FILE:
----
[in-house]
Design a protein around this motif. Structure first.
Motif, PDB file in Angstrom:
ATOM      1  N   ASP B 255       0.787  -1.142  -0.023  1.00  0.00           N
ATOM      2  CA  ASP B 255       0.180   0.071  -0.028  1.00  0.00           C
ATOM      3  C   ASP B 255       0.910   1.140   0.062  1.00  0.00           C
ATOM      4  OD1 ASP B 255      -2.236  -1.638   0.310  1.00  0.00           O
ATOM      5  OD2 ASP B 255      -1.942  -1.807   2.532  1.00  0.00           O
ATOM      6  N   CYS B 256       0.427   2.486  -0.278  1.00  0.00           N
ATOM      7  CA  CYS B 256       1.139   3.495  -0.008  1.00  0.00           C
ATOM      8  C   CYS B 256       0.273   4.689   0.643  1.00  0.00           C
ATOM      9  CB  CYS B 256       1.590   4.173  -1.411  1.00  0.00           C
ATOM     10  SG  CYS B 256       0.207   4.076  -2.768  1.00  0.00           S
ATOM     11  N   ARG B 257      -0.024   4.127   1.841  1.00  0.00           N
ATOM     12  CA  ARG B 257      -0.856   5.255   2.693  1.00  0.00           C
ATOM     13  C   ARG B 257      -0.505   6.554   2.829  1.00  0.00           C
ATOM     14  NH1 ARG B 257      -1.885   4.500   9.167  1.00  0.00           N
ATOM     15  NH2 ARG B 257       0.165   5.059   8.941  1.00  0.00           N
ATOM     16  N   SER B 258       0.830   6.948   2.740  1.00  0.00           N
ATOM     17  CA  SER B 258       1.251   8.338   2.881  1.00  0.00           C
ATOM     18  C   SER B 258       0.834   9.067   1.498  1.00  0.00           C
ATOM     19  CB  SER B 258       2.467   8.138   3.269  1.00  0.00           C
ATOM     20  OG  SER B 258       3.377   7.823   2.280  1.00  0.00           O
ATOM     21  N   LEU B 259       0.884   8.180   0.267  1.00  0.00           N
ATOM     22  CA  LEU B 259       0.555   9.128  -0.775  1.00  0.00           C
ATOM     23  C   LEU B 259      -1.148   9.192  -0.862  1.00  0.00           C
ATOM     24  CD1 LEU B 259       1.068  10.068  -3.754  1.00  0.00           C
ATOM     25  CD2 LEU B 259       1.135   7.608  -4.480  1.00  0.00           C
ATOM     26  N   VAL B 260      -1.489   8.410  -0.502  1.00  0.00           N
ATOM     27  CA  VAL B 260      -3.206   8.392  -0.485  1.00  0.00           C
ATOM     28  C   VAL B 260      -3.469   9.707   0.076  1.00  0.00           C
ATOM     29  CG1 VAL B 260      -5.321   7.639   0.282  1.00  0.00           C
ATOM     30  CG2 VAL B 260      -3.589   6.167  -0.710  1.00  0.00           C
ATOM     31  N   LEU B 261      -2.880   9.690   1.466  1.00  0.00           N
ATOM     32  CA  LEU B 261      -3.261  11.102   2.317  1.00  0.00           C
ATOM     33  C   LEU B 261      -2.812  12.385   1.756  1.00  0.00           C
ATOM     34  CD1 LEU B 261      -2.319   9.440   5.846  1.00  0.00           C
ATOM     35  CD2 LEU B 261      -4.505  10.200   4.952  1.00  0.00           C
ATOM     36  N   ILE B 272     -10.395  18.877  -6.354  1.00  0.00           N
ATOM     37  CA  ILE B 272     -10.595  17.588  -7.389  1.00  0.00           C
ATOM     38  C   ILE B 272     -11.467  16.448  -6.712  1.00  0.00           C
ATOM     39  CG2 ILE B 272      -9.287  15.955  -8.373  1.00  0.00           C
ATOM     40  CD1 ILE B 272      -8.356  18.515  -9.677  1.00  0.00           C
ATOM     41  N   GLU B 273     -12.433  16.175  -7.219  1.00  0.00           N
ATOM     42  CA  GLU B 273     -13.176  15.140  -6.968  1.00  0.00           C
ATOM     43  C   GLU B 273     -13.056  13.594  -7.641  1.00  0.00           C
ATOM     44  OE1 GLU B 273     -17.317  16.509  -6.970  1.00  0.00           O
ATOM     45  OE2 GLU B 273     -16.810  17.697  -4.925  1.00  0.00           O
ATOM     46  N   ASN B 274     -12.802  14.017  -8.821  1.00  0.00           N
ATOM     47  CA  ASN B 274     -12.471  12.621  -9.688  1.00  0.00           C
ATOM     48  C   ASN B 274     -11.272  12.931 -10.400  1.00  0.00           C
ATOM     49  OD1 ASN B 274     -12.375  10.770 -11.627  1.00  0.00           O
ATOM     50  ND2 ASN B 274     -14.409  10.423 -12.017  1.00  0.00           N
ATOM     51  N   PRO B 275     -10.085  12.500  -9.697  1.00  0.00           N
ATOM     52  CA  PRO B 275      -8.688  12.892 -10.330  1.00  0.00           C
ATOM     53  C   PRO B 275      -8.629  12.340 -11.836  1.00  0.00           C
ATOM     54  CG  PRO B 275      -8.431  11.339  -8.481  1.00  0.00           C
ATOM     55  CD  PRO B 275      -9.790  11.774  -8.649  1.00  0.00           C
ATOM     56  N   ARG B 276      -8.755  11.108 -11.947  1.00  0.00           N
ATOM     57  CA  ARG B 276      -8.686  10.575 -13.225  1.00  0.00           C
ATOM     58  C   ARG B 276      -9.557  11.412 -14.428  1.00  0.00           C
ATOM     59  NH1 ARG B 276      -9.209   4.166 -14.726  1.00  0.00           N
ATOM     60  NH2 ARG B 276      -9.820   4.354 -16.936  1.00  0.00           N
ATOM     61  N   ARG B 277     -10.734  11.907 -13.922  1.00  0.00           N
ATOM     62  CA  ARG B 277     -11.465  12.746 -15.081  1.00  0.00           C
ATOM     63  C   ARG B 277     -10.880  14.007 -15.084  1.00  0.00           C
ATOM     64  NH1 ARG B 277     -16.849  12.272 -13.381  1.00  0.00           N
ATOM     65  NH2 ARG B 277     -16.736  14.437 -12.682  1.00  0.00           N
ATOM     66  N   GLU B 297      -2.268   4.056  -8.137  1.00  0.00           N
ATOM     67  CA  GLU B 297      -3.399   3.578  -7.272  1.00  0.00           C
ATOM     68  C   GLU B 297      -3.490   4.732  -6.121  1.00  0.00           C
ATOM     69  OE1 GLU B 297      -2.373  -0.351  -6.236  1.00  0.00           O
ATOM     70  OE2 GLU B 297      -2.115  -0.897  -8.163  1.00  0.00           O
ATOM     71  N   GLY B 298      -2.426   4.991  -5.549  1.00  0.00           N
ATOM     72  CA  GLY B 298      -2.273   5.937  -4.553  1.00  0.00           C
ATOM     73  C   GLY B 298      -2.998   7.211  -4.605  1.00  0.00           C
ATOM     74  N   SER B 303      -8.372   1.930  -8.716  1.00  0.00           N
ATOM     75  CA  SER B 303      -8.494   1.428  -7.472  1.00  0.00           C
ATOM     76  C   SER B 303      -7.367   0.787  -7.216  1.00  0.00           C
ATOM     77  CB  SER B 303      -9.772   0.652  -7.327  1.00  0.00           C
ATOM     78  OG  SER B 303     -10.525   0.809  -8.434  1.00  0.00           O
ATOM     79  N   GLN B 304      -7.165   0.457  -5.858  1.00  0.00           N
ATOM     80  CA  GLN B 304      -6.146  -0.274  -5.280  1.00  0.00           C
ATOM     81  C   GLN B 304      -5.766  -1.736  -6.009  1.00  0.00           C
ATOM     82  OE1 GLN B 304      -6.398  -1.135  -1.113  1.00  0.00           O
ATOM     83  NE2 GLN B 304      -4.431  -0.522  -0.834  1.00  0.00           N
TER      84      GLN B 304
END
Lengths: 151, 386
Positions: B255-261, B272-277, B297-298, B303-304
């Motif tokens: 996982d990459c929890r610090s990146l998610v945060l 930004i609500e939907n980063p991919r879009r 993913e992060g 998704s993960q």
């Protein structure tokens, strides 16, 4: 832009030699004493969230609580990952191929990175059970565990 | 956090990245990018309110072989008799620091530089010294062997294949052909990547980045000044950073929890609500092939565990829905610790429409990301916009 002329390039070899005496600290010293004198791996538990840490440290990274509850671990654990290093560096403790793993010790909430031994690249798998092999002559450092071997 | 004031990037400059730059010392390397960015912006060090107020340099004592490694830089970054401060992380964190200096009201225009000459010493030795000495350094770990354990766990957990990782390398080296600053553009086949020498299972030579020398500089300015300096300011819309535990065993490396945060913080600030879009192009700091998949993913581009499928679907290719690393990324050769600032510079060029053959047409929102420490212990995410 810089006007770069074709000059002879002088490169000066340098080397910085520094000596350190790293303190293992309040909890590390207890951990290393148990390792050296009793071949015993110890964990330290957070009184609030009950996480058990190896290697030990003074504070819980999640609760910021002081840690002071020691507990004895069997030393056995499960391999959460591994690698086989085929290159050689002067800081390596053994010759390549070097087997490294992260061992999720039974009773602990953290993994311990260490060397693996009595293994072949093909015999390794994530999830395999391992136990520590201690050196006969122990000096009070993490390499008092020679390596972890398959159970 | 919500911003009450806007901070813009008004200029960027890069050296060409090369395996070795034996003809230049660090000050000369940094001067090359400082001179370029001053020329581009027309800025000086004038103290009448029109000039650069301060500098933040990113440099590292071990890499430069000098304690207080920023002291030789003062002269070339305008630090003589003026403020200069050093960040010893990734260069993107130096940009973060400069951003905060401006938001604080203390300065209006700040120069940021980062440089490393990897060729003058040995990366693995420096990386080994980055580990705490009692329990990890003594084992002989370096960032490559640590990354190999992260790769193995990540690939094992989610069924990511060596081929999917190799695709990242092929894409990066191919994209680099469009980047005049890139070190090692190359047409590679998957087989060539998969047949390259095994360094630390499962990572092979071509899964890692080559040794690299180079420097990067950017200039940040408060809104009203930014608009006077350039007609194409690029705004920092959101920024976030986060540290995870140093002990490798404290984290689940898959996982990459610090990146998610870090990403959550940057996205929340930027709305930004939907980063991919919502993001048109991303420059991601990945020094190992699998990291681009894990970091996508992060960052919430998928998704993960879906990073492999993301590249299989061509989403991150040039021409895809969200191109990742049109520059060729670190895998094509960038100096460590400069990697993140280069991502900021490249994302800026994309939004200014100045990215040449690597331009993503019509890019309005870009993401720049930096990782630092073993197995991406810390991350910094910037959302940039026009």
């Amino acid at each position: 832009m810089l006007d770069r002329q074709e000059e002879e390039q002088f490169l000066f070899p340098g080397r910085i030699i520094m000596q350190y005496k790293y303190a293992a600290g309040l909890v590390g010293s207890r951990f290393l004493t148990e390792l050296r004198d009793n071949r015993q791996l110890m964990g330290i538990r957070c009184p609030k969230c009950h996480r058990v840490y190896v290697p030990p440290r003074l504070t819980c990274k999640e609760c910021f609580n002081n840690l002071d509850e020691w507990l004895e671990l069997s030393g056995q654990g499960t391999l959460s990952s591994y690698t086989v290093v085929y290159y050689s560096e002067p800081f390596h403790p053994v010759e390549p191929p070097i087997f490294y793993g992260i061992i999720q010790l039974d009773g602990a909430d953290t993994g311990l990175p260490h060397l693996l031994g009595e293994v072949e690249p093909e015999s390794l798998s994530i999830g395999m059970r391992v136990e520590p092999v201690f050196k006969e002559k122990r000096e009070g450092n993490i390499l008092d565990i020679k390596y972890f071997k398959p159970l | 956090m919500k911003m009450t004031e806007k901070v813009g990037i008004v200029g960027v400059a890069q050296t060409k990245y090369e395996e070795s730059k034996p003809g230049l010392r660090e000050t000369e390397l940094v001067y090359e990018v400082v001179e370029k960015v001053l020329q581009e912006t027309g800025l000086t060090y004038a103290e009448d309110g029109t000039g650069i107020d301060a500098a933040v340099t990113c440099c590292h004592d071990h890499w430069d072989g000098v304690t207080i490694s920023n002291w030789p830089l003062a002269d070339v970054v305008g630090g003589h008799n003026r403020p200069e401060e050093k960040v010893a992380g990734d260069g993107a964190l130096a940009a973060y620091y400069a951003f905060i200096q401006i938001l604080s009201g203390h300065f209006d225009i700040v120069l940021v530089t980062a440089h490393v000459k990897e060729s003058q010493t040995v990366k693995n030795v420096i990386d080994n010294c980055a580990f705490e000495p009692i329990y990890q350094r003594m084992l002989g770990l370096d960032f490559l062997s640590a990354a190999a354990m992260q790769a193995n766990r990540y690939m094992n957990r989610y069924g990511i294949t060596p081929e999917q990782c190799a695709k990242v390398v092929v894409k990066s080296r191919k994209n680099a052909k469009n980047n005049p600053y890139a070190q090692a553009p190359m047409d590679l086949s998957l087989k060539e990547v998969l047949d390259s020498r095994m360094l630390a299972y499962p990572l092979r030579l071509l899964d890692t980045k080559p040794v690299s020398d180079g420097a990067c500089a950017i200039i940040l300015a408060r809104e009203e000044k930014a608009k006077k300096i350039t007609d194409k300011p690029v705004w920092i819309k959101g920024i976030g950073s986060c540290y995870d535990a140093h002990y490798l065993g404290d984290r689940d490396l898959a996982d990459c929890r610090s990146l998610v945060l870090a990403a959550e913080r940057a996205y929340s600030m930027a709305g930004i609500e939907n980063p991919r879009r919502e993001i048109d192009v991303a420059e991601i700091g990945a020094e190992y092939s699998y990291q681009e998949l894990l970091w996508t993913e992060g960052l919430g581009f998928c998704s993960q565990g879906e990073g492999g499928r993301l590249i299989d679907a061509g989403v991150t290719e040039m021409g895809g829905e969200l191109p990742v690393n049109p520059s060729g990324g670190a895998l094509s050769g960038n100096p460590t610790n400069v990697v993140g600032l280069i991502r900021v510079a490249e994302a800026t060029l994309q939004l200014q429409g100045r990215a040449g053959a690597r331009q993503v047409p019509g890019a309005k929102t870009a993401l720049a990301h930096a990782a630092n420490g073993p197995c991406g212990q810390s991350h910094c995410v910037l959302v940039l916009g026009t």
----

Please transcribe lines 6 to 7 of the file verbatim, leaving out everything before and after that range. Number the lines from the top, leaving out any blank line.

ATOM      3  C   ASP B 255       0.910   1.140   0.062  1.00  0.00           C
ATOM      4  OD1 ASP B 255      -2.236  -1.638   0.310  1.00  0.00           O